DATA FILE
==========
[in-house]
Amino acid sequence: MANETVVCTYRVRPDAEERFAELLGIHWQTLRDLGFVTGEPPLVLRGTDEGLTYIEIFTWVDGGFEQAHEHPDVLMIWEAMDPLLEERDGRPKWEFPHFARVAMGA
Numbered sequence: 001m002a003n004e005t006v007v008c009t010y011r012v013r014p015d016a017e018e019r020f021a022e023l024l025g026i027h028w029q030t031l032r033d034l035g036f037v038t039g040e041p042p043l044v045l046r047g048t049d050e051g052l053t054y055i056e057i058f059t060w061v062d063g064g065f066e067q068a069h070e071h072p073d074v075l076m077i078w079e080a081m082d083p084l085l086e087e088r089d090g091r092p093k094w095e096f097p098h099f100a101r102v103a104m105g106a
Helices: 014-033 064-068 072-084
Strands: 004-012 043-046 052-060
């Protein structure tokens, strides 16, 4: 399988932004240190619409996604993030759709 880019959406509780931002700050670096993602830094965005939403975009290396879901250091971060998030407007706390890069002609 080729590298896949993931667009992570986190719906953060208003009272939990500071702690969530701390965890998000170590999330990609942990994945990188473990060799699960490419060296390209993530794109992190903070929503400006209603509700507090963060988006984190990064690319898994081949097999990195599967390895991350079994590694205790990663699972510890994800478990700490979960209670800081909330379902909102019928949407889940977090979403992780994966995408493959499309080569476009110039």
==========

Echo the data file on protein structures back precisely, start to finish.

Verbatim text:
[in-house]
Amino acid sequence: MANETVVCTYRVRPDAEERFAELLGIHWQTLRDLGFVTGEPPLVLRGTDEGLTYIEIFTWVDGGFEQAHEHPDVLMIWEAMDPLLEERDGRPKWEFPHFARVAMGA
Numbered sequence: 001m002a003n004e005t006v007v008c009t010y011r012v013r014p015d016a017e018e019r020f021a022e023l024l025g026i027h028w029q030t031l032r033d034l035g036f037v038t039g040e041p042p043l044v045l046r047g048t049d050e051g052l053t054y055i056e057i058f059t060w061v062d063g064g065f066e067q068a069h070e071h072p073d074v075l076m077i078w079e080a081m082d083p084l085l086e087e088r089d090g091r092p093k094w095e096f097p098h099f100a101r102v103a104m105g106a
Helices: 014-033 064-068 072-084
Strands: 004-012 043-046 052-060
């Protein structure tokens, strides 16, 4: 399988932004240190619409996604993030759709 880019959406509780931002700050670096993602830094965005939403975009290396879901250091971060998030407007706390890069002609 080729590298896949993931667009992570986190719906953060208003009272939990500071702690969530701390965890998000170590999330990609942990994945990188473990060799699960490419060296390209993530794109992190903070929503400006209603509700507090963060988006984190990064690319898994081949097999990195599967390895991350079994590694205790990663699972510890994800478990700490979960209670800081909330379902909102019928949407889940977090979403992780994966995408493959499309080569476009110039």